(Memphis) For the first time, Ernest Withers photographs are being showcased at Memphis City Hall.
The Memphis native documented the civil rights movement through over a million black and white pictures.
Withers’s daughter Roz Withers selected several of them taken at city hall to display there, “It`s so important to let people know what he`s left as we teach people our past."
Withers and Mayor A C Wharton viewed the images Tuesday.
One of them shows a grieving Coretta Scott King at city hall just days after her husband was killed in Memphis.
Another shows Martin Luther King Jr.'s last press conference.
Artist Tarsha McGhee painted this portrait of Withers to hang with his photographs.
She says he personally inspired her and she incorporated fabric from his tie, scarf and hat into the painting.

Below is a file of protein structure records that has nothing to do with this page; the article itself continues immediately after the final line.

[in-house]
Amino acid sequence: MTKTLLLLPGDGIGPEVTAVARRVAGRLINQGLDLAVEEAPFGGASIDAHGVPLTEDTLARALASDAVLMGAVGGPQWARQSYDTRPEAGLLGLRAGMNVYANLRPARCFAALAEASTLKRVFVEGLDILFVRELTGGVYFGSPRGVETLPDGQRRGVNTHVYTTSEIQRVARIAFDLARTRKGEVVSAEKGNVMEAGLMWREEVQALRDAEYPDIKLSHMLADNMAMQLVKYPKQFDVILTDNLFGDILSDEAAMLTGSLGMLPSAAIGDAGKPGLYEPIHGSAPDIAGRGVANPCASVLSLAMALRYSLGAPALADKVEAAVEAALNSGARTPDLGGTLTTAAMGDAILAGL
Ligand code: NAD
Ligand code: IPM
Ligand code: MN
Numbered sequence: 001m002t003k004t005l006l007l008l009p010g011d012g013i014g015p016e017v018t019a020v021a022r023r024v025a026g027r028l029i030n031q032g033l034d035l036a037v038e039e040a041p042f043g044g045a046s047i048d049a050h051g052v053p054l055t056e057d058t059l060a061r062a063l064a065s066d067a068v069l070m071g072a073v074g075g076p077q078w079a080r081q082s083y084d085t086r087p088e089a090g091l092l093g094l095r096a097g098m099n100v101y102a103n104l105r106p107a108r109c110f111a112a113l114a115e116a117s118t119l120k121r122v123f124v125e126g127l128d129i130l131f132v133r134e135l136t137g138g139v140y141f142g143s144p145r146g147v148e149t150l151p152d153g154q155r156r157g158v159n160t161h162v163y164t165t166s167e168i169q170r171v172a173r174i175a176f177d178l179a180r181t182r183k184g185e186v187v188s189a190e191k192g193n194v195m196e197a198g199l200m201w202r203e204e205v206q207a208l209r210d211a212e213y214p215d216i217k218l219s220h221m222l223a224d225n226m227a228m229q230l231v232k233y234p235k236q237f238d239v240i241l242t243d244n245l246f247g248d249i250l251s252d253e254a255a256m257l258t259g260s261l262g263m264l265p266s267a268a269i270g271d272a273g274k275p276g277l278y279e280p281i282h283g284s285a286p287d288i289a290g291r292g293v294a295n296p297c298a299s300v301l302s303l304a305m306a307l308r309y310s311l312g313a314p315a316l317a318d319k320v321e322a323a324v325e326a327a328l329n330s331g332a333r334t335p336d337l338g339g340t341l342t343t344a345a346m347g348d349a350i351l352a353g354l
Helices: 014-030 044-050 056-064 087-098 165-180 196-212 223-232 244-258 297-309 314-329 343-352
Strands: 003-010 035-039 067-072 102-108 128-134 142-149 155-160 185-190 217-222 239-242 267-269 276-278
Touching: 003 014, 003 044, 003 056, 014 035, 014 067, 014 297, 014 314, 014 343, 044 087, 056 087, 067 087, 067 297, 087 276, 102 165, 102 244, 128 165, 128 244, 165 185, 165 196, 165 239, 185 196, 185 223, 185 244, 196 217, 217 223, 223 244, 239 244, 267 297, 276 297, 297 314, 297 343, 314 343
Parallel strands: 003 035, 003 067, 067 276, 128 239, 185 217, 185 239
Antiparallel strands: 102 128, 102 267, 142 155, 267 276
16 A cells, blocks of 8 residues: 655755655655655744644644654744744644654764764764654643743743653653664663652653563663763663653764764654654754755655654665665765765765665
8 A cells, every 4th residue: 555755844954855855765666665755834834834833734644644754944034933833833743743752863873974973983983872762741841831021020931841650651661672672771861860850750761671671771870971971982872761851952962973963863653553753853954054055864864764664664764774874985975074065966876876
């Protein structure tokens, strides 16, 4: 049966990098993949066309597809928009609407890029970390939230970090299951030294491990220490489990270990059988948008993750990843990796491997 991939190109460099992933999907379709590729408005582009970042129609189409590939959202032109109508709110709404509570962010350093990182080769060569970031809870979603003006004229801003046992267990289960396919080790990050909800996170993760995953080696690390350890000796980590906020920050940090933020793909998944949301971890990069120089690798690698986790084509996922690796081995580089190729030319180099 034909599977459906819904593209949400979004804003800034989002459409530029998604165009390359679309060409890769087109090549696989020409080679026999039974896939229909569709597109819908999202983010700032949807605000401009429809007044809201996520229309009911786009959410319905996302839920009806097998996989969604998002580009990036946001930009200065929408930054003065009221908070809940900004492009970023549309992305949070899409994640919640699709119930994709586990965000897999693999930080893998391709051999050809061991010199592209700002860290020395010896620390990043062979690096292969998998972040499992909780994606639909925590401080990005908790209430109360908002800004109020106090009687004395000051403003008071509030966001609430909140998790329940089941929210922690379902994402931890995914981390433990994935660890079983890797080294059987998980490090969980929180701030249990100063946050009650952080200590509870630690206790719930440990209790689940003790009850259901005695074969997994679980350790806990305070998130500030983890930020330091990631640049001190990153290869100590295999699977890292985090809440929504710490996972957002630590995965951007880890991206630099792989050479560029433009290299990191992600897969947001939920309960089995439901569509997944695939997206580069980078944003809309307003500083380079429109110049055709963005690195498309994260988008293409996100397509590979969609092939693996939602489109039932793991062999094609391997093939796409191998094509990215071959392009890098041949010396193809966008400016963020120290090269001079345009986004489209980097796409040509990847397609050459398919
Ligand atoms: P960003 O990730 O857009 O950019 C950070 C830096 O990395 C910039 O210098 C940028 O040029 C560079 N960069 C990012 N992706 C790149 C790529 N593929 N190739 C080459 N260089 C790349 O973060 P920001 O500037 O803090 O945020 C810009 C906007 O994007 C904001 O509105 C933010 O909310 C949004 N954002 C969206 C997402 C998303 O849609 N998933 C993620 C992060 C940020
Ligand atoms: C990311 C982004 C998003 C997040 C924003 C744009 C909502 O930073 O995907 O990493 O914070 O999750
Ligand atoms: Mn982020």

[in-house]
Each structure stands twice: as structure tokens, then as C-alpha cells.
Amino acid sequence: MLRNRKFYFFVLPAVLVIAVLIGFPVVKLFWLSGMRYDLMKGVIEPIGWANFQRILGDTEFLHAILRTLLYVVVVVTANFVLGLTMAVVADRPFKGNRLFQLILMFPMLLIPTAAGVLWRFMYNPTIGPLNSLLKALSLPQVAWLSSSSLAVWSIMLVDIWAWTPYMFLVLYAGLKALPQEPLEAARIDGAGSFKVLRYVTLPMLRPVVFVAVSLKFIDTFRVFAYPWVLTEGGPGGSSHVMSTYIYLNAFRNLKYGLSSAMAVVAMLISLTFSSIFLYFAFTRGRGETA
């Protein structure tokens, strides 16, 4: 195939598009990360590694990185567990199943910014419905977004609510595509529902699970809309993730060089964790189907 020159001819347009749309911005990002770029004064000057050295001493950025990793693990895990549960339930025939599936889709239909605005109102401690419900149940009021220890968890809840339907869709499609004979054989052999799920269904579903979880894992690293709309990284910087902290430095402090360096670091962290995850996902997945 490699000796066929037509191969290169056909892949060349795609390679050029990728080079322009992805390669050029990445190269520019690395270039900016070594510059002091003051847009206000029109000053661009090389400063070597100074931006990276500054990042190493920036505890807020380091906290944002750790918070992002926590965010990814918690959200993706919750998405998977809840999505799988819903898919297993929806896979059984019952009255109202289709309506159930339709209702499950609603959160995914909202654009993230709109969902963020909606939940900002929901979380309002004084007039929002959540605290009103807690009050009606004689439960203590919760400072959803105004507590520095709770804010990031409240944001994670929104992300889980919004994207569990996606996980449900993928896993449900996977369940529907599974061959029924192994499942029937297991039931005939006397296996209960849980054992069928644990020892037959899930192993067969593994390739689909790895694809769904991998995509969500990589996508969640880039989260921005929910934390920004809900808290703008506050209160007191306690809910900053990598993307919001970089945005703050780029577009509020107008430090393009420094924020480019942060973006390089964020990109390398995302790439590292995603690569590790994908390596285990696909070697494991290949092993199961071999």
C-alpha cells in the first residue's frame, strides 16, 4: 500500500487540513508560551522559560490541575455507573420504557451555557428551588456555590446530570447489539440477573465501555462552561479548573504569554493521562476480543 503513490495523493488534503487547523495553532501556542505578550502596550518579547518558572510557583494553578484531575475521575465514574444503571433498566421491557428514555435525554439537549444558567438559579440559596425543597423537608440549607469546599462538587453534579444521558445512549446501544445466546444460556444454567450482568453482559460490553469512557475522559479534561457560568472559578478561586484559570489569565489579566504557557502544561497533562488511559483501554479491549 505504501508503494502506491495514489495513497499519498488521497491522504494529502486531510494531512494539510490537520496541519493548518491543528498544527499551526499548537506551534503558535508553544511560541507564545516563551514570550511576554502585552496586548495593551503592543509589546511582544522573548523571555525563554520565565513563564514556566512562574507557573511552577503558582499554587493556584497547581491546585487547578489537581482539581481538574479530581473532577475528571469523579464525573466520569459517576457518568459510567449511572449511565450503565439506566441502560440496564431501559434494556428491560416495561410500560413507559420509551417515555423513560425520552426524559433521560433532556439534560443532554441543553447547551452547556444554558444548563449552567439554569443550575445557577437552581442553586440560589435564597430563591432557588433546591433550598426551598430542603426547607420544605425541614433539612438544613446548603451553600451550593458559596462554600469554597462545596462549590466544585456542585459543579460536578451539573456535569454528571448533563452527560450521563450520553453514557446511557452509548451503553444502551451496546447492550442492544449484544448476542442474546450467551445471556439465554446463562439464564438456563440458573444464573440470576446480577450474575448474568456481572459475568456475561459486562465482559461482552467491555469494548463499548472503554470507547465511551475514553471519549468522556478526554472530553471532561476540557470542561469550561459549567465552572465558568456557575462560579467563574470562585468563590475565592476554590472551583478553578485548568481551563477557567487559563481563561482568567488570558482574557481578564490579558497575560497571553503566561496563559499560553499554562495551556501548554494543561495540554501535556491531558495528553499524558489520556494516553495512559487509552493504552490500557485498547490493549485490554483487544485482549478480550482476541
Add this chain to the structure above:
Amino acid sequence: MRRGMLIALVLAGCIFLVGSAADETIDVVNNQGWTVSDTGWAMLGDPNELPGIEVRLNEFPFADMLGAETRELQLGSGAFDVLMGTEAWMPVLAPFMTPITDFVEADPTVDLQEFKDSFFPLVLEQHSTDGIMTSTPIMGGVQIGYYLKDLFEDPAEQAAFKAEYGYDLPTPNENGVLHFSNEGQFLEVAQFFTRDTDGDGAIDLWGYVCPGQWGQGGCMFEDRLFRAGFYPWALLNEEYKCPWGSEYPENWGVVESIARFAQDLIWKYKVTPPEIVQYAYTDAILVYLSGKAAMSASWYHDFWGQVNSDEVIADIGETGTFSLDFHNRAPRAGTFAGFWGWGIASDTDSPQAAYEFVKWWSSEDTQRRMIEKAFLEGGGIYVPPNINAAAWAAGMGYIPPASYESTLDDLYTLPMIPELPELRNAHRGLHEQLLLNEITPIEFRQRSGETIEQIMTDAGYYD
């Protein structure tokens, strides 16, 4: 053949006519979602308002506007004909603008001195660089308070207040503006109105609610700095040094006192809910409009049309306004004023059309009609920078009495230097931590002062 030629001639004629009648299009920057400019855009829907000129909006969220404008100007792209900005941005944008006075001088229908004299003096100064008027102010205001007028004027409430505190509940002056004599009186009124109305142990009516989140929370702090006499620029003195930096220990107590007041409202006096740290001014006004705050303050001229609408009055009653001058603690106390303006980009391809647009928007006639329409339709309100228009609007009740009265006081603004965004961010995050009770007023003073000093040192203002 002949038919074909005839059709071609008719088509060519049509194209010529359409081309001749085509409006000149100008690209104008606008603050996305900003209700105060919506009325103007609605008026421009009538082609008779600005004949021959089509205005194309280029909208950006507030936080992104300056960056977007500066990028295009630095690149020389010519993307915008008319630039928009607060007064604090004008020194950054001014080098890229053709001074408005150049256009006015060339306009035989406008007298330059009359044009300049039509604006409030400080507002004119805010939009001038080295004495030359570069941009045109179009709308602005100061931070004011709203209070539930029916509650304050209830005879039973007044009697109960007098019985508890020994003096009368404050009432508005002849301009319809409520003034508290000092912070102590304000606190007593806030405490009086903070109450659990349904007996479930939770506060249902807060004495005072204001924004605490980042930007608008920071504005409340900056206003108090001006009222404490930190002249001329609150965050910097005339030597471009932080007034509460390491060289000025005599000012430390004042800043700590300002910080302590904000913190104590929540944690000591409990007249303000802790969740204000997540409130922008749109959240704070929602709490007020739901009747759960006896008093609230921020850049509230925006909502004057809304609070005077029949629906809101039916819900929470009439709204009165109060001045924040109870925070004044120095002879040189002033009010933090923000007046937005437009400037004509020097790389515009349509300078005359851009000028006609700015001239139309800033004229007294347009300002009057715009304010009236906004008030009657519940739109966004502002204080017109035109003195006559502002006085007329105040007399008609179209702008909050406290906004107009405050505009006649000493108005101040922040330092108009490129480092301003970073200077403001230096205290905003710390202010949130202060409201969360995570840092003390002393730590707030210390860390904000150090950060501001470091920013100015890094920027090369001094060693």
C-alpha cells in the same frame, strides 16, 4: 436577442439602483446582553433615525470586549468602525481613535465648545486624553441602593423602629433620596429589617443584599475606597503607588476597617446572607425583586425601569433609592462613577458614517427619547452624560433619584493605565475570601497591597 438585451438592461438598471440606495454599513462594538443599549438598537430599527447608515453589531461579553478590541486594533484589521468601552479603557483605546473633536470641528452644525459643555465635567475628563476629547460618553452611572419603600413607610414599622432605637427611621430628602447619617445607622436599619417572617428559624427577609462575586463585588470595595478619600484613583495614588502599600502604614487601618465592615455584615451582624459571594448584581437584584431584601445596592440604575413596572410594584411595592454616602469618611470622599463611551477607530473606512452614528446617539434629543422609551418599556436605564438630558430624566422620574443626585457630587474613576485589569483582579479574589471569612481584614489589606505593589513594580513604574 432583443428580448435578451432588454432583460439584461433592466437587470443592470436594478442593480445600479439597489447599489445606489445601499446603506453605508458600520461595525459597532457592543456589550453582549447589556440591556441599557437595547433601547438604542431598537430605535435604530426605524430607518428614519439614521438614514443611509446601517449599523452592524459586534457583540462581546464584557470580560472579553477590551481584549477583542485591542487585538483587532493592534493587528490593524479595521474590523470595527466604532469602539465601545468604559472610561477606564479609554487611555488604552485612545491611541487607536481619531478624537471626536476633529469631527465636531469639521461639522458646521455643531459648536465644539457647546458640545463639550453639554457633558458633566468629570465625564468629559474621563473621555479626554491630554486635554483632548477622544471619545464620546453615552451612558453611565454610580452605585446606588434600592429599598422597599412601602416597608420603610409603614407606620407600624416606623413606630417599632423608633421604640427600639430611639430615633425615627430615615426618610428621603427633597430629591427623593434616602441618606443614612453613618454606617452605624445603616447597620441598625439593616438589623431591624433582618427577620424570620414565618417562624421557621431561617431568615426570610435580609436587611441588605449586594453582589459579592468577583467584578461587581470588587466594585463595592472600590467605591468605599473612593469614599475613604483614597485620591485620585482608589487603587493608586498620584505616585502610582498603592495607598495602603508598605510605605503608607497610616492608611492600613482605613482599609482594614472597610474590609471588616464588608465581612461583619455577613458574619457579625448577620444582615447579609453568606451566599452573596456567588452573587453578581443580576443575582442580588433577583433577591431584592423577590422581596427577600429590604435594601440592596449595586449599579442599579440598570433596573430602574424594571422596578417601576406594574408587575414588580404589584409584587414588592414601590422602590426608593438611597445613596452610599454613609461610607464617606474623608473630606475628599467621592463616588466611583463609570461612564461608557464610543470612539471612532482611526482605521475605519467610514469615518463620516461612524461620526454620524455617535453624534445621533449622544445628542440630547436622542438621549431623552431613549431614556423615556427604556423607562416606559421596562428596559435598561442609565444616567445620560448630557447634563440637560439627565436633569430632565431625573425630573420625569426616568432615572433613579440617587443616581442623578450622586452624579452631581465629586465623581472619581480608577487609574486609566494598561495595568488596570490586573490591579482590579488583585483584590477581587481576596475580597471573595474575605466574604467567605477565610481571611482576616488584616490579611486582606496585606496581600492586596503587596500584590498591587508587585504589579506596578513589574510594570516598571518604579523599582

“We spoke about actually doing some paintings of his artwork, so this is the beginning of that,” said McGhee.
Withers died 2007 and earlier this year the FBI said he not only documented the civil rights movement for sixty years, but also served as one of their paid informants reporting on the activity of civil rights leaders.
The free exhibit will be showcased here at city hall through the end of the summer.
If you would like to take a look at it just go to the Hall of Mayors at City Hall.
At the end of the summer they are going to replace that exhibit with another one showcasing the history of Memphis.